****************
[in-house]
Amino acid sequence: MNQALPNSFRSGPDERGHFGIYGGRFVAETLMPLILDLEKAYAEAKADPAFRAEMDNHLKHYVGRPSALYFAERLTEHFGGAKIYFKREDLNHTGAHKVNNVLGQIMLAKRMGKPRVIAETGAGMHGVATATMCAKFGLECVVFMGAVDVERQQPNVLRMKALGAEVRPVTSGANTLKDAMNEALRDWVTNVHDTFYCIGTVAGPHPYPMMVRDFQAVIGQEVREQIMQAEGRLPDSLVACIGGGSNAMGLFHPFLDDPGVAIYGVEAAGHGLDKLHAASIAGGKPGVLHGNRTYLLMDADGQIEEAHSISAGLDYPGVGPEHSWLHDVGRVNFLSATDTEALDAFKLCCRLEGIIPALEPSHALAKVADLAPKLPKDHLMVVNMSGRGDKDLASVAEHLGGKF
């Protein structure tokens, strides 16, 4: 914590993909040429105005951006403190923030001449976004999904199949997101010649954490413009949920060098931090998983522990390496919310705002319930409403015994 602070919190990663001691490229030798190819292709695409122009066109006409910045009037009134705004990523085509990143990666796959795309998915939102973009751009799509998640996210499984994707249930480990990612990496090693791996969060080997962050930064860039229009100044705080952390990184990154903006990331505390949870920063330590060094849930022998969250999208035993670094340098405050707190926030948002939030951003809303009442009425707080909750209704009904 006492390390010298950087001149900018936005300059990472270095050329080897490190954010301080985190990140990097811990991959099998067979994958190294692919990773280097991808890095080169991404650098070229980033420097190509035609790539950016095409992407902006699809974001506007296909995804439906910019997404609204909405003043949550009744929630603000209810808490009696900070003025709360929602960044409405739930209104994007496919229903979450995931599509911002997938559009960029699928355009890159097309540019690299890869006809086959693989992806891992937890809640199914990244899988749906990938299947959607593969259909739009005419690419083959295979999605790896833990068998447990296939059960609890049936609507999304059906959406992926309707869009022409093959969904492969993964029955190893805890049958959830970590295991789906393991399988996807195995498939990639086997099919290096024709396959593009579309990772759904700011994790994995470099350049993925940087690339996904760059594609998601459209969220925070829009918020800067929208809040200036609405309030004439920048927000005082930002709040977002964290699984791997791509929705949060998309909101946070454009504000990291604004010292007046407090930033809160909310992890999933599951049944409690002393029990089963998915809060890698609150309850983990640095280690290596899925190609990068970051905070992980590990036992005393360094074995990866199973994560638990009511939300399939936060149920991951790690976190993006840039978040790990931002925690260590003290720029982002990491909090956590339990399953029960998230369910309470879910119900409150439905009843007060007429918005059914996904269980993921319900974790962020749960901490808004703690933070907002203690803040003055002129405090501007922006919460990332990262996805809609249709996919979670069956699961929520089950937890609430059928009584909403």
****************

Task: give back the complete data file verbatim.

[in-house]
Amino acid sequence: MNQALPNSFRSGPDERGHFGIYGGRFVAETLMPLILDLEKAYAEAKADPAFRAEMDNHLKHYVGRPSALYFAERLTEHFGGAKIYFKREDLNHTGAHKVNNVLGQIMLAKRMGKPRVIAETGAGMHGVATATMCAKFGLECVVFMGAVDVERQQPNVLRMKALGAEVRPVTSGANTLKDAMNEALRDWVTNVHDTFYCIGTVAGPHPYPMMVRDFQAVIGQEVREQIMQAEGRLPDSLVACIGGGSNAMGLFHPFLDDPGVAIYGVEAAGHGLDKLHAASIAGGKPGVLHGNRTYLLMDADGQIEEAHSISAGLDYPGVGPEHSWLHDVGRVNFLSATDTEALDAFKLCCRLEGIIPALEPSHALAKVADLAPKLPKDHLMVVNMSGRGDKDLASVAEHLGGKF
């Protein structure tokens, strides 16, 4: 914590993909040429105005951006403190923030001449976004999904199949997101010649954490413009949920060098931090998983522990390496919310705002319930409403015994 602070919190990663001691490229030798190819292709695409122009066109006409910045009037009134705004990523085509990143990666796959795309998915939102973009751009799509998640996210499984994707249930480990990612990496090693791996969060080997962050930064860039229009100044705080952390990184990154903006990331505390949870920063330590060094849930022998969250999208035993670094340098405050707190926030948002939030951003809303009442009425707080909750209704009904 006492390390010298950087001149900018936005300059990472270095050329080897490190954010301080985190990140990097811990991959099998067979994958190294692919990773280097991808890095080169991404650098070229980033420097190509035609790539950016095409992407902006699809974001506007296909995804439906910019997404609204909405003043949550009744929630603000209810808490009696900070003025709360929602960044409405739930209104994007496919229903979450995931599509911002997938559009960029699928355009890159097309540019690299890869006809086959693989992806891992937890809640199914990244899988749906990938299947959607593969259909739009005419690419083959295979999605790896833990068998447990296939059960609890049936609507999304059906959406992926309707869009022409093959969904492969993964029955190893805890049958959830970590295991789906393991399988996807195995498939990639086997099919290096024709396959593009579309990772759904700011994790994995470099350049993925940087690339996904760059594609998601459209969220925070829009918020800067929208809040200036609405309030004439920048927000005082930002709040977002964290699984791997791509929705949060998309909101946070454009504000990291604004010292007046407090930033809160909310992890999933599951049944409690002393029990089963998915809060890698609150309850983990640095280690290596899925190609990068970051905070992980590990036992005393360094074995990866199973994560638990009511939300399939936060149920991951790690976190993006840039978040790990931002925690260590003290720029982002990491909090956590339990399953029960998230369910309470879910119900409150439905009843007060007429918005059914996904269980993921319900974790962020749960901490808004703690933070907002203690803040003055002129405090501007922006919460990332990262996805809609249709996919979670069956699961929520089950937890609430059928009584909403």